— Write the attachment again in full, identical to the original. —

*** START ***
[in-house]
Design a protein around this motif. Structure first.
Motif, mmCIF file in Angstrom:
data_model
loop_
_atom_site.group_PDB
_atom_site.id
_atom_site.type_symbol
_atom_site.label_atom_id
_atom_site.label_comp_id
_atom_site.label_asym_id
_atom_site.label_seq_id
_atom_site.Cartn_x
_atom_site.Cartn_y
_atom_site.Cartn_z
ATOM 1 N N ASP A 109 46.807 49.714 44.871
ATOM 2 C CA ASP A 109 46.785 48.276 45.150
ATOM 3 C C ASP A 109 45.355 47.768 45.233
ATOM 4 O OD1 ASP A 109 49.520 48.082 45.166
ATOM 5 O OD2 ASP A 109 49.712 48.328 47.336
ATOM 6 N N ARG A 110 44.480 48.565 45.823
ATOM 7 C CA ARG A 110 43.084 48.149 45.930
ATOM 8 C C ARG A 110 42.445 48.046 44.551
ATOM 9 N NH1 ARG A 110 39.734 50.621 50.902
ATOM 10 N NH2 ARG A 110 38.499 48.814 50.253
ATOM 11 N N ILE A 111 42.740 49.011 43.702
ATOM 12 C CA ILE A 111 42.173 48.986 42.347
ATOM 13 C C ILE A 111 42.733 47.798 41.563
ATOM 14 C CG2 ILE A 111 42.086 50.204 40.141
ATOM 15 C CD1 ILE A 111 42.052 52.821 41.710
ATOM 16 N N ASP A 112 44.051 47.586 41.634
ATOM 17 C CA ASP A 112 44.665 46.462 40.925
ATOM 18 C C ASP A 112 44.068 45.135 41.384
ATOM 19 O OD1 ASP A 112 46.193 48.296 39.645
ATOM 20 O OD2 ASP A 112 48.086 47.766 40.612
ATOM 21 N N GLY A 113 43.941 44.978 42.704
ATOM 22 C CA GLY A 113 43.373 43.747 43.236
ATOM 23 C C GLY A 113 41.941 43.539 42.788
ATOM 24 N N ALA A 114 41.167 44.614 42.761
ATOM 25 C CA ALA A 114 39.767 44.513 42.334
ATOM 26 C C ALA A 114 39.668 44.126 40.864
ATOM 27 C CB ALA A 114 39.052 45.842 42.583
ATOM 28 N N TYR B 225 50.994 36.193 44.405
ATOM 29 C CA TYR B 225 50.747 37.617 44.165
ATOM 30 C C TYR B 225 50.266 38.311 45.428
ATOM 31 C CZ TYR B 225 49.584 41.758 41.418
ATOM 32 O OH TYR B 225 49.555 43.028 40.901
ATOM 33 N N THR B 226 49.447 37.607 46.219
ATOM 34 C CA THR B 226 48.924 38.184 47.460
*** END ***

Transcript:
[in-house]
Design a protein around this motif. Structure first.
Motif, mmCIF file in Angstrom:
data_model
loop_
_atom_site.group_PDB
_atom_site.id
_atom_site.type_symbol
_atom_site.label_atom_id
_atom_site.label_comp_id
_atom_site.label_asym_id
_atom_site.label_seq_id
_atom_site.Cartn_x
_atom_site.Cartn_y
_atom_site.Cartn_z
ATOM 1 N N ASP A 109 46.807 49.714 44.871
ATOM 2 C CA ASP A 109 46.785 48.276 45.150
ATOM 3 C C ASP A 109 45.355 47.768 45.233
ATOM 4 O OD1 ASP A 109 49.520 48.082 45.166
ATOM 5 O OD2 ASP A 109 49.712 48.328 47.336
ATOM 6 N N ARG A 110 44.480 48.565 45.823
ATOM 7 C CA ARG A 110 43.084 48.149 45.930
ATOM 8 C C ARG A 110 42.445 48.046 44.551
ATOM 9 N NH1 ARG A 110 39.734 50.621 50.902
ATOM 10 N NH2 ARG A 110 38.499 48.814 50.253
ATOM 11 N N ILE A 111 42.740 49.011 43.702
ATOM 12 C CA ILE A 111 42.173 48.986 42.347
ATOM 13 C C ILE A 111 42.733 47.798 41.563
ATOM 14 C CG2 ILE A 111 42.086 50.204 40.141
ATOM 15 C CD1 ILE A 111 42.052 52.821 41.710
ATOM 16 N N ASP A 112 44.051 47.586 41.634
ATOM 17 C CA ASP A 112 44.665 46.462 40.925
ATOM 18 C C ASP A 112 44.068 45.135 41.384
ATOM 19 O OD1 ASP A 112 46.193 48.296 39.645
ATOM 20 O OD2 ASP A 112 48.086 47.766 40.612
ATOM 21 N N GLY A 113 43.941 44.978 42.704
ATOM 22 C CA GLY A 113 43.373 43.747 43.236
ATOM 23 C C GLY A 113 41.941 43.539 42.788
ATOM 24 N N ALA A 114 41.167 44.614 42.761
ATOM 25 C CA ALA A 114 39.767 44.513 42.334
ATOM 26 C C ALA A 114 39.668 44.126 40.864
ATOM 27 C CB ALA A 114 39.052 45.842 42.583
ATOM 28 N N TYR B 225 50.994 36.193 44.405
ATOM 29 C CA TYR B 225 50.747 37.617 44.165
ATOM 30 C C TYR B 225 50.266 38.311 45.428
ATOM 31 C CZ TYR B 225 49.584 41.758 41.418
ATOM 32 O OH TYR B 225 49.555 43.028 40.901
ATOM 33 N N THR B 226 49.447 37.607 46.219
ATOM 34 C CA THR B 226 48.924 38.184 47.460